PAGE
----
A few years ago there was an extremely disturbing reality TV show called “To Catch A Predator.” The show was all about luring and then capturing men, who thought that they were meeting underage children for the purpose of sex. The show was taken off the air in 2008, but sent a chilling message to parents. The sexual predator has evolved and is no longer wandering around playgrounds with a bag of candy. They have become highly sophisticated internet experts, hanging-out online and infiltrating the sites where your children go. But is the online predator a threat?
- A recent survey that was carried out about internet predators, and asked over 1000 children aged between 10 and 17 concluded that:
- A figure of one in thirty three children had been asked to meet someone secretly.
- Just under a quarter of all child targets were aged 10 to 13.
- At any one time on the internet, there are up to 50,000 sexual predators.
- A quarter of children surveyed had been exposed to pornography.
- Around 25% of children had received sexually explicit messages.
How online predators “groom” children
The online predator will get information from children by asking seemingly harmless questions. In this way, they can gain information and pictures of potential victims, with amazing speed. Although they operate alone, the internet has made it easy to exchange information and techniques with others. The easiest way to approach children is:
- Chat rooms
- Instant messaging
- Social networking sites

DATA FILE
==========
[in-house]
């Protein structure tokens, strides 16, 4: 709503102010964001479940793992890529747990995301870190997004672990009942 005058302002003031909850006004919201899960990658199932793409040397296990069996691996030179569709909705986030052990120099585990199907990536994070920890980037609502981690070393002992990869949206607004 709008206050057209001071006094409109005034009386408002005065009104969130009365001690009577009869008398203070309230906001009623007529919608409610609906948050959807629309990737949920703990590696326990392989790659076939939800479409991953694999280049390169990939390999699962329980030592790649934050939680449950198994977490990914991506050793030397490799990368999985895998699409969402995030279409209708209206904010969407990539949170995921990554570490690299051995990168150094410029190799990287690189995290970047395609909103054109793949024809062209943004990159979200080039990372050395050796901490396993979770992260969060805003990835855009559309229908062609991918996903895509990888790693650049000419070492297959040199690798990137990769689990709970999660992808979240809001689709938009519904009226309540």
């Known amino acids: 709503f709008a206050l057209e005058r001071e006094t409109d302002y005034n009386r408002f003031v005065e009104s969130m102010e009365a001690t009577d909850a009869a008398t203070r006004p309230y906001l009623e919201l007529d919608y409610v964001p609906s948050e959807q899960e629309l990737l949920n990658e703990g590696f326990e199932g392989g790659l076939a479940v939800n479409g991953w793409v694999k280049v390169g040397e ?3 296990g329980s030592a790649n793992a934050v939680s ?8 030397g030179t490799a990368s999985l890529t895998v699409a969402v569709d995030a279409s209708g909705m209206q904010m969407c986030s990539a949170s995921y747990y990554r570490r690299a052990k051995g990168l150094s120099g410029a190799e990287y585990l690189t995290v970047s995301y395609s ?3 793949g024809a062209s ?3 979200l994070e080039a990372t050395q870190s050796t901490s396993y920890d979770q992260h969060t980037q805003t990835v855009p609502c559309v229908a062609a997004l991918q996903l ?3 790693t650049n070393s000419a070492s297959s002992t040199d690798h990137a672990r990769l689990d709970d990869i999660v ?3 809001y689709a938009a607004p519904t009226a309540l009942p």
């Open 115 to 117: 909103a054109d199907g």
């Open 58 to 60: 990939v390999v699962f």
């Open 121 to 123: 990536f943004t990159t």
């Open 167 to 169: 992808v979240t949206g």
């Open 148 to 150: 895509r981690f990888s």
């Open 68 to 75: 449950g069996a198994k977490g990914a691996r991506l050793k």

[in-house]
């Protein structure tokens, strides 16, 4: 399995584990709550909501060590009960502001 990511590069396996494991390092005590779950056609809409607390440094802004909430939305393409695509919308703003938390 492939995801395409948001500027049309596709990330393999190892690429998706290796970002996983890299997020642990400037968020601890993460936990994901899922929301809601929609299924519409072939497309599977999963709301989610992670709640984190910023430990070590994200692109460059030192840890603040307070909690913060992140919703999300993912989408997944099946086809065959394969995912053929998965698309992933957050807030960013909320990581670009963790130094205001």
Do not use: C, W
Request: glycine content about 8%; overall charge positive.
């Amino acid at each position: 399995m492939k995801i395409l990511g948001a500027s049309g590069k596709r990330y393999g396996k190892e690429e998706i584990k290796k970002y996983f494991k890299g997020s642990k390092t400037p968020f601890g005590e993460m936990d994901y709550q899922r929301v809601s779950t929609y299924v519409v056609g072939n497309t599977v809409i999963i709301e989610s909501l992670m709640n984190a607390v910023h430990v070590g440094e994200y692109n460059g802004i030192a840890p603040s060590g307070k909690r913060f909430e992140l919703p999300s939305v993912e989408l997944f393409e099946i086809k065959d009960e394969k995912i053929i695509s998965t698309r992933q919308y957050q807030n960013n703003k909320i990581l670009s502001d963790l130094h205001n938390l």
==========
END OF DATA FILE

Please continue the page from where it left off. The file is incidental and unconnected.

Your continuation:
How to keep your children safe from online predators
- Realizing that predators are out in cyberspace, and are particularly good at what they do, is the first step to protecting your children. Actions that you can take include the following:
- Monitor your children’s online activities on a daily basis.
- Education is the best defense. Do not be afraid to talk to children about the dangers, and give them advice on what to look out for.
- Make sure they realize that it is dangerous to give out personal information to people that they connect with online.
- Chat rooms and some online gaming sites should be no-go areas as these are the stalking ground of pedophiles.
- Instant message with known school friends and family only.
- Your child’s computer should be used only in a communal area of the house where you can monitor the sites being used.
- Do not allow a computer to be password protected and check the history at least every couple of days.
- Make sure your children are fully aware that face to face meetings with “new” online friends are off-limits
As most of you probably already know, before founding this company, my own son was targeted and groomed by an online predator. While he was not injured, the situation was certainly a wake-up call for me and my family. I learned first-hand how important it was to monitor your children online.
Sound like hard work? It certainly is not easy, but parents these days need to keep their eyes on Cyberspace if they are going to let their children go online. It is vital to understand that online predators are still relevant and active. If the above tasks sound too time-consuming and overwhelming, give uKnowKids a try.
Icon: Stephen West, from The Noun Project